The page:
Updated: February 23, 2021 9:08:39 am
The benchmark Sensex at BSE fell by over 1,000 points or over 2 per cent in the afternoon trading hours on Monday taking the aggregate fall over the last five trading sessions at over 2,300 points or 4.5 per cent. While the Sensex fell below the 50,000 mark, the fall was not limited to Indian markets. Even the primary indices in leading European markets opened lower by 0.8 per cent to 1 per cent on Monday, as rising bond yields impacted equity investment sentiments around the world.
Why are the markets falling?
The markets weakened last week in line with the rise in bond yields both in the domestic and global markets. While the rising bond yields globally have raised investor concerns and have acted as a trigger for fall in equity markets, many feel that a fall in markets led many investors (worried over expensive valuations) to go for profit booking, resulting in a further decline.
The yield on a 10-year bond in India moved up from the recent low of 5.76 per cent to 6.19 per cent in line with the rise in US yields. On Monday, it rose over 1 per cent from Friday’s closing of 6.132 per cent to 6.196 per cent during the afternoon hours.
What is the relationship between bond yield and equity returns?
Traditionally, when bond yields rise, investors start reallocating their investments away from equities and into bonds as they are much safer. As bond yields rise, the opportunity cost of investing in equities goes up and therefore equities become less attractive.
Another important factor is that when the bond yields rise, it raises the cost of capital for companies which in turn compresses the valuations of their stocks.
That is something that investors always see when RBI cuts or raises the repo rate. When it cuts the repo rate, it reduces the cost of borrowing for companies leading to a rise in share prices and vice-versa.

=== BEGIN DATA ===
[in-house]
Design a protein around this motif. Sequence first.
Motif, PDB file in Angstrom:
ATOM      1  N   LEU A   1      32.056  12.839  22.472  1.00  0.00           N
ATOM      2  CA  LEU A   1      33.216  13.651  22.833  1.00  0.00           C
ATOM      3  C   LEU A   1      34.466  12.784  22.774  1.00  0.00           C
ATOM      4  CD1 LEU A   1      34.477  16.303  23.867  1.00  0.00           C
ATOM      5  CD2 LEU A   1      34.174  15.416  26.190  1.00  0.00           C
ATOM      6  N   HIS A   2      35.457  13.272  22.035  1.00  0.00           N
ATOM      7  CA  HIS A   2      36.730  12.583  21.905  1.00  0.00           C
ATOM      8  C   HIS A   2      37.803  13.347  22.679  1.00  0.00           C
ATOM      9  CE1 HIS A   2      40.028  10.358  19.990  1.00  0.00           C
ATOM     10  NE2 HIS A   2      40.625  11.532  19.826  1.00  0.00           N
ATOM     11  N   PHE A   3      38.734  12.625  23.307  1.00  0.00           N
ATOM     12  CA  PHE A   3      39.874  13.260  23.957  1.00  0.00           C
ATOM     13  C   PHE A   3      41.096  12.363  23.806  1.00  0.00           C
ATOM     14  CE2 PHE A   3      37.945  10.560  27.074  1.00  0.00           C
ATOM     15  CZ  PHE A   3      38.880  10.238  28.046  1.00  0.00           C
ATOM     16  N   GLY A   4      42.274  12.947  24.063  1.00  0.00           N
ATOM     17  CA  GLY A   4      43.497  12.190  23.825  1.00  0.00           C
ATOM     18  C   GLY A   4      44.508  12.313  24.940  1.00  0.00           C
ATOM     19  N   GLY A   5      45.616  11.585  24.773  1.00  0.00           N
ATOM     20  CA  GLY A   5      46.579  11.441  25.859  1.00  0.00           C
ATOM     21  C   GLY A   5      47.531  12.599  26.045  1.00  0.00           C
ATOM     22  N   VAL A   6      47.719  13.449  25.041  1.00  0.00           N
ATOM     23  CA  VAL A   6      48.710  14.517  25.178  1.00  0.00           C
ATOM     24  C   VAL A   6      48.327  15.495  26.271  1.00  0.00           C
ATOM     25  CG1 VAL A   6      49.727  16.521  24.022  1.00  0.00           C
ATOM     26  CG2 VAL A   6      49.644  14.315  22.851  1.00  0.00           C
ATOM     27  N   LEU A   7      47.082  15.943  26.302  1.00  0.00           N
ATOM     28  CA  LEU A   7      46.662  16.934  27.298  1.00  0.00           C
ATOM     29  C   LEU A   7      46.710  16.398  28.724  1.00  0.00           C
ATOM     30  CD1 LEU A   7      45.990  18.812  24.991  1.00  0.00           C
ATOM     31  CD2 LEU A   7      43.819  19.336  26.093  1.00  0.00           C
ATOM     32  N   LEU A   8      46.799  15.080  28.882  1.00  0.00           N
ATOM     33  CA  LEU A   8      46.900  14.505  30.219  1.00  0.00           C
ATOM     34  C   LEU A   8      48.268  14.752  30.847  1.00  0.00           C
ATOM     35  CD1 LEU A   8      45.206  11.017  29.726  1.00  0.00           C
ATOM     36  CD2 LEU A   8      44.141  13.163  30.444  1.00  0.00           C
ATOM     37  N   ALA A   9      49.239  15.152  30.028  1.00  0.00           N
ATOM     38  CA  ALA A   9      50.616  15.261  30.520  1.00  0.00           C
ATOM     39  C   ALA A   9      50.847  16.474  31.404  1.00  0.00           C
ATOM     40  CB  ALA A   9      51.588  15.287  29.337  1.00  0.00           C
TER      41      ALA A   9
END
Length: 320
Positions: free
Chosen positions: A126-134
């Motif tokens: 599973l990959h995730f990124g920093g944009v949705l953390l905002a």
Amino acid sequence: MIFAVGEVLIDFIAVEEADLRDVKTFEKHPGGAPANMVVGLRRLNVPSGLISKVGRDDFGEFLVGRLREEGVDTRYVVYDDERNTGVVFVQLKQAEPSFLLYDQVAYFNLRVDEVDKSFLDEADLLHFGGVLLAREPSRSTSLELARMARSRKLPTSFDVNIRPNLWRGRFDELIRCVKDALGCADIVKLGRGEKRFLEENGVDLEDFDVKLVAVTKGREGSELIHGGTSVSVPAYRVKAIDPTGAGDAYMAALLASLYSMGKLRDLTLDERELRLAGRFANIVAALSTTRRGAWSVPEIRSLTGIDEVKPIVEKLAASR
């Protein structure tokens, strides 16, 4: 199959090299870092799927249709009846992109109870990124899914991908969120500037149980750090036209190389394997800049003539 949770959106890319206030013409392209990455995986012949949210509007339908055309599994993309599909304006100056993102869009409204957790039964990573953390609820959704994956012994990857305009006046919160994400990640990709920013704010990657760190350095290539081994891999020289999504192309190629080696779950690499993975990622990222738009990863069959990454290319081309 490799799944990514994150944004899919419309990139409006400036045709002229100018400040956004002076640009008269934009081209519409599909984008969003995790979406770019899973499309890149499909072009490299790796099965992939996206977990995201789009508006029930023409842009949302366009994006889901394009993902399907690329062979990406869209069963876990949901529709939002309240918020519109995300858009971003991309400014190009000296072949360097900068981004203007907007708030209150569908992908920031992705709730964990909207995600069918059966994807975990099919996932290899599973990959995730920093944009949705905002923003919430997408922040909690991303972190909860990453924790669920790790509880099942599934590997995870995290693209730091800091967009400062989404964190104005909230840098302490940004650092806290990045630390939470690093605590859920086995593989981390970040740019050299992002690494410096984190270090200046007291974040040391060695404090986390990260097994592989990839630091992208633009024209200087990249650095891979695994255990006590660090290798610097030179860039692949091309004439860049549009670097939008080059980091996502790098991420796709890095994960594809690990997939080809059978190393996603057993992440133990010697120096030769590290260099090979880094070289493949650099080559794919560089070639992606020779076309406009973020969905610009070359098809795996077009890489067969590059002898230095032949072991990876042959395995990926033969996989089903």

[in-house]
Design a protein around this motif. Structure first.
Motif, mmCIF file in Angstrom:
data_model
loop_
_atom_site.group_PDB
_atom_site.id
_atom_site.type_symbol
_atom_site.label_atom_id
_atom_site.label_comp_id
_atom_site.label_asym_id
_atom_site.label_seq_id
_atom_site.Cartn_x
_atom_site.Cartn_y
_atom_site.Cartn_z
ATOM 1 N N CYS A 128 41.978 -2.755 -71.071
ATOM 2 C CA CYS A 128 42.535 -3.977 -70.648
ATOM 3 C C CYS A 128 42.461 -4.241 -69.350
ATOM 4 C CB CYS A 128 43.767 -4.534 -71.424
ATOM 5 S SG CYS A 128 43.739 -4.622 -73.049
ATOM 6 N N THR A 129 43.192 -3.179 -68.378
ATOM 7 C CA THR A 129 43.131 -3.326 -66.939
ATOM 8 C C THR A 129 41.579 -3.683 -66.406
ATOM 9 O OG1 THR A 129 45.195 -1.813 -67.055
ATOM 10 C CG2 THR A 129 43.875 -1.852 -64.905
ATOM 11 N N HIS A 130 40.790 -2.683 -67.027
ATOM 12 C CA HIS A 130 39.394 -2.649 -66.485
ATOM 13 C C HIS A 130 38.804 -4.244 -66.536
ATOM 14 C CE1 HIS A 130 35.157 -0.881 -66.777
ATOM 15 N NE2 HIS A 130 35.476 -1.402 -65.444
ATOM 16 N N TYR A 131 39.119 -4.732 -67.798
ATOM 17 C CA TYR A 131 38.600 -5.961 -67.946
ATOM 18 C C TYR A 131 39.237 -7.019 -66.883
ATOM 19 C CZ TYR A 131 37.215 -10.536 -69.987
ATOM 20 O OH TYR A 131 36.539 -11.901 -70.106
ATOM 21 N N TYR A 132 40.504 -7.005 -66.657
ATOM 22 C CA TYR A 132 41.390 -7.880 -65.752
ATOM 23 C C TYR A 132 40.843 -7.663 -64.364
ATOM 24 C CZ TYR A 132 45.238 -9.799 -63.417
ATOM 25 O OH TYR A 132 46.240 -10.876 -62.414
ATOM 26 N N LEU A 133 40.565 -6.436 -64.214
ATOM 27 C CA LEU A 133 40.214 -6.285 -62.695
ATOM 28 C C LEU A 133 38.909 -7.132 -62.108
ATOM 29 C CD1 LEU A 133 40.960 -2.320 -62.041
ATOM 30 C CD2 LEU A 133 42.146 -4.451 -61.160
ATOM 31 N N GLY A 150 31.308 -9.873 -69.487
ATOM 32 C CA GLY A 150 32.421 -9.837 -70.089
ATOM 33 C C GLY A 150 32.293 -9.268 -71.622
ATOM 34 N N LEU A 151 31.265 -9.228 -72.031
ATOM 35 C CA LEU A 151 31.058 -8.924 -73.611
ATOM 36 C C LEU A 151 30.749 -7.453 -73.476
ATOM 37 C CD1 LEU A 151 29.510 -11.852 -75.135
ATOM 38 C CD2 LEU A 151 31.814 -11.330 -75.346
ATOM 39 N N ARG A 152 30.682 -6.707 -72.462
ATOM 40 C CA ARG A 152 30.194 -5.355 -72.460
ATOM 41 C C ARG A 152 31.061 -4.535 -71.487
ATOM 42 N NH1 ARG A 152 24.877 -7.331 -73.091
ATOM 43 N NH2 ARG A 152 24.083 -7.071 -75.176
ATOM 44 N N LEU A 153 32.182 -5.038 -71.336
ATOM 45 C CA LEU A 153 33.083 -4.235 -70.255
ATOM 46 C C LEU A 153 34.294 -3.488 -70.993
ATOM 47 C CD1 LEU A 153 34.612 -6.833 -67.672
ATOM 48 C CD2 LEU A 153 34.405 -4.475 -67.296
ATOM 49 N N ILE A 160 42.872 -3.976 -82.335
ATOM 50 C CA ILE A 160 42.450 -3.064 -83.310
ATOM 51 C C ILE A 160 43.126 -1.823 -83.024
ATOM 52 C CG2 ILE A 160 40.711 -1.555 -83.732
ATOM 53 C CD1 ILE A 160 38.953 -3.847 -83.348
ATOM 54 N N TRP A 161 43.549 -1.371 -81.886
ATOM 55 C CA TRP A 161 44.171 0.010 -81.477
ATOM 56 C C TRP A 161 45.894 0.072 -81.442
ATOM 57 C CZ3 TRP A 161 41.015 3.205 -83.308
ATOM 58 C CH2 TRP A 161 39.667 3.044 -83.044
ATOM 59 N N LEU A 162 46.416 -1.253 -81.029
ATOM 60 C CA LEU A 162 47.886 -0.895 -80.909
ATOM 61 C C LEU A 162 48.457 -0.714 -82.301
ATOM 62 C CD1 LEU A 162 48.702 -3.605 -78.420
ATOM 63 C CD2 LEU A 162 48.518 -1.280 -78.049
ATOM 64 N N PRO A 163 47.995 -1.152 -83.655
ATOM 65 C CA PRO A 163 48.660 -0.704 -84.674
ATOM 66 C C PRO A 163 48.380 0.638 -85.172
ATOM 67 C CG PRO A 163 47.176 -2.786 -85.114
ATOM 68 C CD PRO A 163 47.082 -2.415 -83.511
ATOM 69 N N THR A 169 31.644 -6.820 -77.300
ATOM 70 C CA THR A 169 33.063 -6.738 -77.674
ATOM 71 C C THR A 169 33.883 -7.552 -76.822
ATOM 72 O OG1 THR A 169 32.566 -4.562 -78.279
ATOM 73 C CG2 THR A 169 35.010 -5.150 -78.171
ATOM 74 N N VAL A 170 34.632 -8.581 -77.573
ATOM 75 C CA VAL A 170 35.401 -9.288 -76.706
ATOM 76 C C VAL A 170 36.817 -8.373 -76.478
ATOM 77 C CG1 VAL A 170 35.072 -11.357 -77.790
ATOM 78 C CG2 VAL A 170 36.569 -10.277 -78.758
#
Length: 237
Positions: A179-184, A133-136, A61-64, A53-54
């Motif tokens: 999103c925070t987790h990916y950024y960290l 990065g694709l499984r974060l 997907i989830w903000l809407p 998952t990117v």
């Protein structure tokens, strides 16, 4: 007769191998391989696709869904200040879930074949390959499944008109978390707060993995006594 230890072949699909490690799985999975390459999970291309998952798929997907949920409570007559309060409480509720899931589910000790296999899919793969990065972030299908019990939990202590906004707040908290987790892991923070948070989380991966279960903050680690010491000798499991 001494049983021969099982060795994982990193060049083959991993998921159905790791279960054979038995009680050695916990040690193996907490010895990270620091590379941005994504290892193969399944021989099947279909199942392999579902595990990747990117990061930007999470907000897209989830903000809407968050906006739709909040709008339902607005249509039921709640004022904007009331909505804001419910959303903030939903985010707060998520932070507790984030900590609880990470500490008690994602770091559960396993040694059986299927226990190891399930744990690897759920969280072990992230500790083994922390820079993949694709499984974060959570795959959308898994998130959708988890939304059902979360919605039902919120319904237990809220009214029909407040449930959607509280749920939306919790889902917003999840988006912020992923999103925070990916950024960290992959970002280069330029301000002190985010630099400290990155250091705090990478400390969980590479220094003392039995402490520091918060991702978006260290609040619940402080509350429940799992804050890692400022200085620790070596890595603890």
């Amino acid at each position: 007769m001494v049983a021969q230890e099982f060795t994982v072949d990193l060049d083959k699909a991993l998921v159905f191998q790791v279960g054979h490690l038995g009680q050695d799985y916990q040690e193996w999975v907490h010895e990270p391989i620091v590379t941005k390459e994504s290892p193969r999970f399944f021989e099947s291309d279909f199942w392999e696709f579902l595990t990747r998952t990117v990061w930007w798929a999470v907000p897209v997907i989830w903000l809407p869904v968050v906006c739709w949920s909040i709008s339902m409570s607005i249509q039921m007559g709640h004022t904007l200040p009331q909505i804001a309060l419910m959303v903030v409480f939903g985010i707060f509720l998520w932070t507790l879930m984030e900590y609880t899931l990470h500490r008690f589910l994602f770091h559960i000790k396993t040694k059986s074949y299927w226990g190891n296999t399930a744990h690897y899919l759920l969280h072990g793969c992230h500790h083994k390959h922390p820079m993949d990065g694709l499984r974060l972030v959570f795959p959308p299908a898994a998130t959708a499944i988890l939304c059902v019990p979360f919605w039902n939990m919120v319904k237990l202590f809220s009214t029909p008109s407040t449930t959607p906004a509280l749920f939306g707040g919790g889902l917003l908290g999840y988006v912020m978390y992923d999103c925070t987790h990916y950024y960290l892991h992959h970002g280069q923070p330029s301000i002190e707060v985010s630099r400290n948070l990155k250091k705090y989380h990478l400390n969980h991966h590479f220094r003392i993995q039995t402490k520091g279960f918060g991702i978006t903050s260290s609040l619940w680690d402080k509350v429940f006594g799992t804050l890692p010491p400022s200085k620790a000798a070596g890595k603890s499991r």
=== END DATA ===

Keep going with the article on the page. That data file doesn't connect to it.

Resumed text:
What is its impact on FPI fund flow?
Bond yields play a big role in FPI fund flow. Traditionally, it has been seen that when bond yields rise in the US, FPIs move out of Indian equities. In fact, it has also been seen that when the bond yield in India goes up, it results in capital outflows from equities and into debt.
A higher return on treasury bonds in the US leads investors to move their asset allocation from more risky emerging market equities or debt to US Treasury which is the safest investment instrument. So, a continued rise in yields in developed markets may put more pressure on Indian equity markets as they may witness an outflow of funds. Even a rise in domestic bond yield would see allocation moving from equity to debt.
Will RBI need to intervene?
A report by SBI pointed that while the increase in bond spreads is a manifestation of the nervousness of market players, it said that the central bank will have to resort to unconventional tools to control the surge in bond market yields. “This is important as any further upward movement in G-sec yields even by 10 bps from the current levels could usher in MTM losses for banks that could be a minor blip of a rather wise exceptional year in FY21 bond markets with the RBI assiduously supporting debt management of Government at lowest possible cost in 16 years, that otherwise could have threatened financial stability.”
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